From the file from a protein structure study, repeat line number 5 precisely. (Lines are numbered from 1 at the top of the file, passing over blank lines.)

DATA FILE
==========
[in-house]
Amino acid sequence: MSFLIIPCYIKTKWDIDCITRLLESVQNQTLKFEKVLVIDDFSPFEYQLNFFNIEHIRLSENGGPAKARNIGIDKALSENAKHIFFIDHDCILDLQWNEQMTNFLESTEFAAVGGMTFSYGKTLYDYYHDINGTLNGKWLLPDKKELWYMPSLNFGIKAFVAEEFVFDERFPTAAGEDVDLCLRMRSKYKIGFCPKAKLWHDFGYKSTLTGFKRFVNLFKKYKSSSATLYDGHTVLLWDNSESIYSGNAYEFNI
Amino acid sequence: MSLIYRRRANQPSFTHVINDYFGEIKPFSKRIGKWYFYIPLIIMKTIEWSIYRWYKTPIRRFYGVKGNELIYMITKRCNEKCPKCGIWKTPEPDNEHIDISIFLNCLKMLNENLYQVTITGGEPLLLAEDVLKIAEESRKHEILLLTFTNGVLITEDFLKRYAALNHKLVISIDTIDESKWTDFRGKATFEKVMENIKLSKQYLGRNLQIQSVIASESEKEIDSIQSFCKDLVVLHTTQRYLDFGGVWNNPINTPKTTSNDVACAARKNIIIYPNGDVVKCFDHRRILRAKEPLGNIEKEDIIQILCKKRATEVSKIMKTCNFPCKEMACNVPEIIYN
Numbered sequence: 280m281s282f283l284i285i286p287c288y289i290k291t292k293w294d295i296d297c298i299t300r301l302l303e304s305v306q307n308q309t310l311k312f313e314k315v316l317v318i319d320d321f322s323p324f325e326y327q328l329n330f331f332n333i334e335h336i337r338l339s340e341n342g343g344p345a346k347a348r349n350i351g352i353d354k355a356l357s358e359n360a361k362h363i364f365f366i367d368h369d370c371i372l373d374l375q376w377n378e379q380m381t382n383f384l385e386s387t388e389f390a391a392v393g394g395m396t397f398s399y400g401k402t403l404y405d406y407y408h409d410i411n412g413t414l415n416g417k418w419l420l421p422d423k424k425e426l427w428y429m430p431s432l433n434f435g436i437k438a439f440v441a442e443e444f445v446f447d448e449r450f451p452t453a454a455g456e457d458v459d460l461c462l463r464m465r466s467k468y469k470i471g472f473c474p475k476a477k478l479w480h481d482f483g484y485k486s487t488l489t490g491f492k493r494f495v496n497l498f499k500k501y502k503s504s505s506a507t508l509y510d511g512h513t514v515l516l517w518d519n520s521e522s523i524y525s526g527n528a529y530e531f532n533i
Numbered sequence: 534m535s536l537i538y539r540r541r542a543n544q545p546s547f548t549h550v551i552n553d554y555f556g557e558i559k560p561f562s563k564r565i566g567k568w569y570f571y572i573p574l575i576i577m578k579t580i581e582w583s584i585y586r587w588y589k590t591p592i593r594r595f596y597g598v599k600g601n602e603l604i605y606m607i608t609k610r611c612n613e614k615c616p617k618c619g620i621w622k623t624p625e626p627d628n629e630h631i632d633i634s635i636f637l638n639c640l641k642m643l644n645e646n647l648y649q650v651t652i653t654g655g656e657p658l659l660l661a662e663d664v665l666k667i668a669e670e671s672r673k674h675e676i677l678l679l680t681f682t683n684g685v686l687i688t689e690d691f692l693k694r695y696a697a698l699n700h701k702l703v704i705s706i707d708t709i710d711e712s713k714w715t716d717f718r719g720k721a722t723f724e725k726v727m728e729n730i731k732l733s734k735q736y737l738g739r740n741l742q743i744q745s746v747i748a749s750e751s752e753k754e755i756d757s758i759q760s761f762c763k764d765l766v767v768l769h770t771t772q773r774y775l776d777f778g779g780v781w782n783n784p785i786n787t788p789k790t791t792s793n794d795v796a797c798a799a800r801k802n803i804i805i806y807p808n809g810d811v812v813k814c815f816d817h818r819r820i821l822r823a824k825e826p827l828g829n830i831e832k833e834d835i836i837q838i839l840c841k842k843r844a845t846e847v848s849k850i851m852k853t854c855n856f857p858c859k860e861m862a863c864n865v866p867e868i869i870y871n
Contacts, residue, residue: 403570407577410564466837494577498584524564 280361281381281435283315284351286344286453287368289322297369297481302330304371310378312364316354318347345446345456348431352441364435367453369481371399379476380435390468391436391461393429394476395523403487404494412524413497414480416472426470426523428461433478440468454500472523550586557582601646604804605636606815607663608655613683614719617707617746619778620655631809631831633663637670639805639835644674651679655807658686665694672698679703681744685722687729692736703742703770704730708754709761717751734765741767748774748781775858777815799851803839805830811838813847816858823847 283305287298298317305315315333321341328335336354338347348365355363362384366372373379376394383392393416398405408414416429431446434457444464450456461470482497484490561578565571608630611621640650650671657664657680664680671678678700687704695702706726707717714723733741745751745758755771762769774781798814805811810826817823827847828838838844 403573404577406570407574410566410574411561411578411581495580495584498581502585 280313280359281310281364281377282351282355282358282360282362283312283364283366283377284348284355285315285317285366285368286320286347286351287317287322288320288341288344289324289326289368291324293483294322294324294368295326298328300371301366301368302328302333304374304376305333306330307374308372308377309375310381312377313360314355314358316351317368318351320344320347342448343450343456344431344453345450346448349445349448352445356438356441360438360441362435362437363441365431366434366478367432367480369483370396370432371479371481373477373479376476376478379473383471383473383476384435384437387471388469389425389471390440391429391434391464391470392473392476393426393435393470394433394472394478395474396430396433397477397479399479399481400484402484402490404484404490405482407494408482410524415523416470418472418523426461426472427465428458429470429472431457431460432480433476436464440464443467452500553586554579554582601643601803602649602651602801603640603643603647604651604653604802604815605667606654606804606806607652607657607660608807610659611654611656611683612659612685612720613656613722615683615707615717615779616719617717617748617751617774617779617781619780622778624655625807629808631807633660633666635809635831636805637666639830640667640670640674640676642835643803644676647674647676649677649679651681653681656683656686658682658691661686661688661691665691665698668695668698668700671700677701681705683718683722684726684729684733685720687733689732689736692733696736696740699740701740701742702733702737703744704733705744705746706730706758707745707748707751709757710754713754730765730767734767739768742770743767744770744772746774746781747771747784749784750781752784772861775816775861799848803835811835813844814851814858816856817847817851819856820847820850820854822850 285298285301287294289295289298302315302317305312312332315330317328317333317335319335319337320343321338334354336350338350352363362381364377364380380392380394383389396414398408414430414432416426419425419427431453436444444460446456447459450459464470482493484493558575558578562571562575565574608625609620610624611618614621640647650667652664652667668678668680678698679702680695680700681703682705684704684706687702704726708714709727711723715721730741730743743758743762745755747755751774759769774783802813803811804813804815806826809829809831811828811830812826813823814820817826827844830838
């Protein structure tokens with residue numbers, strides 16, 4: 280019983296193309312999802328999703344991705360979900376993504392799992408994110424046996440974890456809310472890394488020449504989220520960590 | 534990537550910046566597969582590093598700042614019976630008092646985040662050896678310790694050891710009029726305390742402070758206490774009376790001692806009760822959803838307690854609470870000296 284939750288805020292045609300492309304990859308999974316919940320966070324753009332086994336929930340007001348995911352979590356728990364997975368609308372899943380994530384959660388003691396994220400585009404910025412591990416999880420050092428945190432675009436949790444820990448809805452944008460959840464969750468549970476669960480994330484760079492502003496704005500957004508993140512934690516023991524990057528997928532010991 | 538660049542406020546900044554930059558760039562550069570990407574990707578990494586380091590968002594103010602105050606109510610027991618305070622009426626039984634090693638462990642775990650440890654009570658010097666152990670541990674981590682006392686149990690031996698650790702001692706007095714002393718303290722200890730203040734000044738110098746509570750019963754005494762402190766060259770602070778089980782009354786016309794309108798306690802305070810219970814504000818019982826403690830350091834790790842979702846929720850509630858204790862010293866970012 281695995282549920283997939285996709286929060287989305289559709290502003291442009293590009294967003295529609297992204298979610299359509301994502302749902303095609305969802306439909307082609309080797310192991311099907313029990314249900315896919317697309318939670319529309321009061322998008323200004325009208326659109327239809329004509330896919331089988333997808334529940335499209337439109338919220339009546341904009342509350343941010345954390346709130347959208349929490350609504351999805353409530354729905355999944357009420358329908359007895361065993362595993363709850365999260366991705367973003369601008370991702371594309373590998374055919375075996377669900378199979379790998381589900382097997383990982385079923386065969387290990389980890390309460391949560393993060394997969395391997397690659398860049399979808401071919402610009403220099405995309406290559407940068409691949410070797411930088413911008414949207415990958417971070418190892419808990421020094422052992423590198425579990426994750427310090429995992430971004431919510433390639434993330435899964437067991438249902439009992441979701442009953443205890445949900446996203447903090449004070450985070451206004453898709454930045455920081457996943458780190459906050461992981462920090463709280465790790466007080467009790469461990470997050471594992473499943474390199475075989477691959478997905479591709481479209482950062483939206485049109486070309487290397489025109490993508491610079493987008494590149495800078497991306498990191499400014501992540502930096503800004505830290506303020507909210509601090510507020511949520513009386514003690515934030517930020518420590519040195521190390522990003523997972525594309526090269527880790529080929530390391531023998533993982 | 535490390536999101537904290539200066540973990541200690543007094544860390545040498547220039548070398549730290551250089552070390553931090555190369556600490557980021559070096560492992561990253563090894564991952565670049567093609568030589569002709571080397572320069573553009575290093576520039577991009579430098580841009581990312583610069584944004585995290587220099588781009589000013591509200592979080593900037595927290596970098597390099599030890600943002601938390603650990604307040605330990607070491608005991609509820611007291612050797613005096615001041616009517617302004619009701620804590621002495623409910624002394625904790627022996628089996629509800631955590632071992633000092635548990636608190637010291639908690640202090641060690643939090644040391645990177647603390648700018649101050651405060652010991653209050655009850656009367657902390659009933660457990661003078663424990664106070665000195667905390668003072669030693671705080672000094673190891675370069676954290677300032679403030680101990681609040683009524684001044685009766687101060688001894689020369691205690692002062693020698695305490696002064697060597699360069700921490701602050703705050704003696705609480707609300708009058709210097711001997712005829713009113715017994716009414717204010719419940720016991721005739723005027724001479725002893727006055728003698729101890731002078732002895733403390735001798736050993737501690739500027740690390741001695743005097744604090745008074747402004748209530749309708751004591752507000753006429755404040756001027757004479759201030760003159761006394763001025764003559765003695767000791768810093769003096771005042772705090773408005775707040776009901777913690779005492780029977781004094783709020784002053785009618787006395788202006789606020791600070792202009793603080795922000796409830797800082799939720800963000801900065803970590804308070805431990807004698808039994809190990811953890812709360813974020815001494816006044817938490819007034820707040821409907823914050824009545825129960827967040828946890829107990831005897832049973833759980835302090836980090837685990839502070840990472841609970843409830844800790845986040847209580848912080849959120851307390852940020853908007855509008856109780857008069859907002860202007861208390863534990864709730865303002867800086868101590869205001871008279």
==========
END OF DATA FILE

Numbered sequence: 534m535s536l537i538y539r540r541r542a543n544q545p546s547f548t549h550v551i552n553d554y555f556g557e558i559k560p561f562s563k564r565i566g567k568w569y570f571y572i573p574l575i576i577m578k579t580i581e582w583s584i585y586r587w588y589k590t591p592i593r594r595f596y597g598v599k600g601n602e603l604i605y606m607i608t609k610r611c612n613e614k615c616p617k618c619g620i621w622k623t624p625e626p627d628n629e630h631i632d633i634s635i636f637l638n639c640l641k642m643l644n645e646n647l648y649q650v651t652i653t654g655g656e657p658l659l660l661a662e663d664v665l666k667i668a669e670e671s672r673k674h675e676i677l678l679l680t681f682t683n684g685v686l687i688t689e690d691f692l693k694r695y696a697a698l699n700h701k702l703v704i705s706i707d708t709i710d711e712s713k714w715t716d717f718r719g720k721a722t723f724e725k726v727m728e729n730i731k732l733s734k735q736y737l738g739r740n741l742q743i744q745s746v747i748a749s750e751s752e753k754e755i756d757s758i759q760s761f762c763k764d765l766v767v768l769h770t771t772q773r774y775l776d777f778g779g780v781w782n783n784p785i786n787t788p789k790t791t792s793n794d795v796a797c798a799a800r801k802n803i804i805i806y807p808n809g810d811v812v813k814c815f816d817h818r819r820i821l822r823a824k825e826p827l828g829n830i831e832k833e834d835i836i837q838i839l840c841k842k843r844a845t846e847v848s849k850i851m852k853t854c855n856f857p858c859k860e861m862a863c864n865v866p867e868i869i870y871n